June 15, 2020
Kenyon has announced plans to resume in-person instruction for fall semester. Read more here.
Editor's Note: With the coming of the Middle Path restoration project and removal of distressed and dying trees, Tom Stamp ’73, College historian and keeper of Kenyoniana, took a moment to reflect on the changes afoot and the College’s abiding affinity for its trees.
Kenyon’s history offers many connections to trees, beginning with those on founder Philander Chase’s farm in Worthington, Ohio. Before deciding that his new college needed to be removed from what he judged to be the “vice and dissipation of urban life,” Chase planned to build on his farm, one of the chief advantages of which, to his mind, was the shelter provided by the large number of old and shady trees.
A reflection on Kenyon and its trees comes at a time when distressed trees have been removed from Middle Path to allow for its restoration with stabilized gravel and better drainage to improve universal access and ultimately preserve its beauty.
A Founder's Proclamation
Perhaps the best known of the tree connections, however, involves Chase’s initial sight of the property that would become the College campus. According to several sources, Chase first investigated the wooded hill on Sunday, July 24, 1825, in the company of Henry Curtis (whose wife’s uncle owned the property) after Chase had preached to Curtis and his fellow parishioners at Mount Vernon’s newly formed Episcopal church, the one we now know as St. Paul’s. Chase and Curtis tied their horses at the bottom of the hill – contrary to the content of the otherwise worthy mural by Kenyon professor Norris Rahming in the Gambier Post Office. They made their way through thick undergrowth to the summit. There, Chase was able to stand on the trunk of a fallen tree, one of many that had been knocked down sometime earlier by a windstorm, and see the long, relatively flat plain at the top of the hill. After barely a moment’s hesitation, he made the famous declaration, “This will do.”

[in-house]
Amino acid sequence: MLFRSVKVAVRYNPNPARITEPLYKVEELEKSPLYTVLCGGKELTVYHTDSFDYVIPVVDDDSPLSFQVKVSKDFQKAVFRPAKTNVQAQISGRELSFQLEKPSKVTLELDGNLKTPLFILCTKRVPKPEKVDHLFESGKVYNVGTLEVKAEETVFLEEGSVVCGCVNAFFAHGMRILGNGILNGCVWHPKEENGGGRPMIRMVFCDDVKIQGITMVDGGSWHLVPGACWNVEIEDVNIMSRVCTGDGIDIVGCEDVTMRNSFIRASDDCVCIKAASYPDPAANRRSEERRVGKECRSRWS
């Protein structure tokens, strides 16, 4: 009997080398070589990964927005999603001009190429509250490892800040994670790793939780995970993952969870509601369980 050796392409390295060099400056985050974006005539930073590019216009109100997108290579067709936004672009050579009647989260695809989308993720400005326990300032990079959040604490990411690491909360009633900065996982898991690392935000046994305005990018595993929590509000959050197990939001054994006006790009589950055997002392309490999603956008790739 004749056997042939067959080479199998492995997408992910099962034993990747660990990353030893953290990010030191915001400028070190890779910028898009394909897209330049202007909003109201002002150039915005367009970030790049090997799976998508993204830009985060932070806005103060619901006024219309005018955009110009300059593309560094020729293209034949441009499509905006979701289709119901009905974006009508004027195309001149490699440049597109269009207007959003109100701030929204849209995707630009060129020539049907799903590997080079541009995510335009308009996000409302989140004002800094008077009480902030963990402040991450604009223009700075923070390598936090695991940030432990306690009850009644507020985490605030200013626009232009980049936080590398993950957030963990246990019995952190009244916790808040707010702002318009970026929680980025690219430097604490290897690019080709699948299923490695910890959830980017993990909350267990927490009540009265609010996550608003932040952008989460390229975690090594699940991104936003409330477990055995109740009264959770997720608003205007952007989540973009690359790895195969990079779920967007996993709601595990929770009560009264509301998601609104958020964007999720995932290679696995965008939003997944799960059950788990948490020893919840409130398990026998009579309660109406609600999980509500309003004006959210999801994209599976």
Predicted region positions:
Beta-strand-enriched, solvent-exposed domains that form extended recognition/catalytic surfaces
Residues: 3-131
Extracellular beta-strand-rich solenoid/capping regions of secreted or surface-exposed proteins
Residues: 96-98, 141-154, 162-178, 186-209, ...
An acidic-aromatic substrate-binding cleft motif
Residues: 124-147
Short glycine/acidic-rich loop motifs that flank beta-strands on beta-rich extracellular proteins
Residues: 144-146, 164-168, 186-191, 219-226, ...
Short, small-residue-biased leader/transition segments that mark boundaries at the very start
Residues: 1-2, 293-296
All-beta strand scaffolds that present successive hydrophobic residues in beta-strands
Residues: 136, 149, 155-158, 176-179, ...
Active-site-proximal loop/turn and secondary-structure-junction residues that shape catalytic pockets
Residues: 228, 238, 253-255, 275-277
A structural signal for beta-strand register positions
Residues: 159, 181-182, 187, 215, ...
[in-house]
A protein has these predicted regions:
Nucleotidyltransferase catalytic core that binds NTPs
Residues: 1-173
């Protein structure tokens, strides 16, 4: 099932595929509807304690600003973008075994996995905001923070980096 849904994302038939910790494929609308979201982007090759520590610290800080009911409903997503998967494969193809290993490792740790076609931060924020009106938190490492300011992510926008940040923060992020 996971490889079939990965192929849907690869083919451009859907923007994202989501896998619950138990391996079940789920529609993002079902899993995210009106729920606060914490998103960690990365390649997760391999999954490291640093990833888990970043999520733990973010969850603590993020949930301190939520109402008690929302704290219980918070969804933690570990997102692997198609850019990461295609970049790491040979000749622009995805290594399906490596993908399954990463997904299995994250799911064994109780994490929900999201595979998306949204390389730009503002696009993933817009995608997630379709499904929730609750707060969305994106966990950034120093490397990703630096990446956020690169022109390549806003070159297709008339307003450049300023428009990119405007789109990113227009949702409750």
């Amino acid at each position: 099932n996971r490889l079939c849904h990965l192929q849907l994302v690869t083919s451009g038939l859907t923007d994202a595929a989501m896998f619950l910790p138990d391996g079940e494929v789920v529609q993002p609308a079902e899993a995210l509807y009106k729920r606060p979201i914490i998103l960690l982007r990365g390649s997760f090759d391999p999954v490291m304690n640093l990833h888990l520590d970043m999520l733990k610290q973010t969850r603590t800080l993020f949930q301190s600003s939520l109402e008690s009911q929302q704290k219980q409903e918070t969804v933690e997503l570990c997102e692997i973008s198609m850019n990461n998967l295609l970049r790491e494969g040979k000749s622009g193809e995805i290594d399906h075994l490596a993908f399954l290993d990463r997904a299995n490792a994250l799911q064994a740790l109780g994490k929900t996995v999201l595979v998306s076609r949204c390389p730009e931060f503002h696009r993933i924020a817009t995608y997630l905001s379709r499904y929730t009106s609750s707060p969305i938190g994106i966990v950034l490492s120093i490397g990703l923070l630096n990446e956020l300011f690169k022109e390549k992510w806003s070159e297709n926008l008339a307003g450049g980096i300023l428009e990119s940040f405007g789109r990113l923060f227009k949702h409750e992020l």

After purchasing the land from Elizabeth Hogg Curtis’s uncle, William Hogg, Chase and his students began clearing the land of both fallen and standing trees. The song “Philander Chase,” a ditty with words by College historian George Franklin Smythe that’s known to every Kenyon man and woman, informs us that, among other labors, the founder “dug up stones, he chopped down trees” and then repeats “chopped down trees” for emphasis.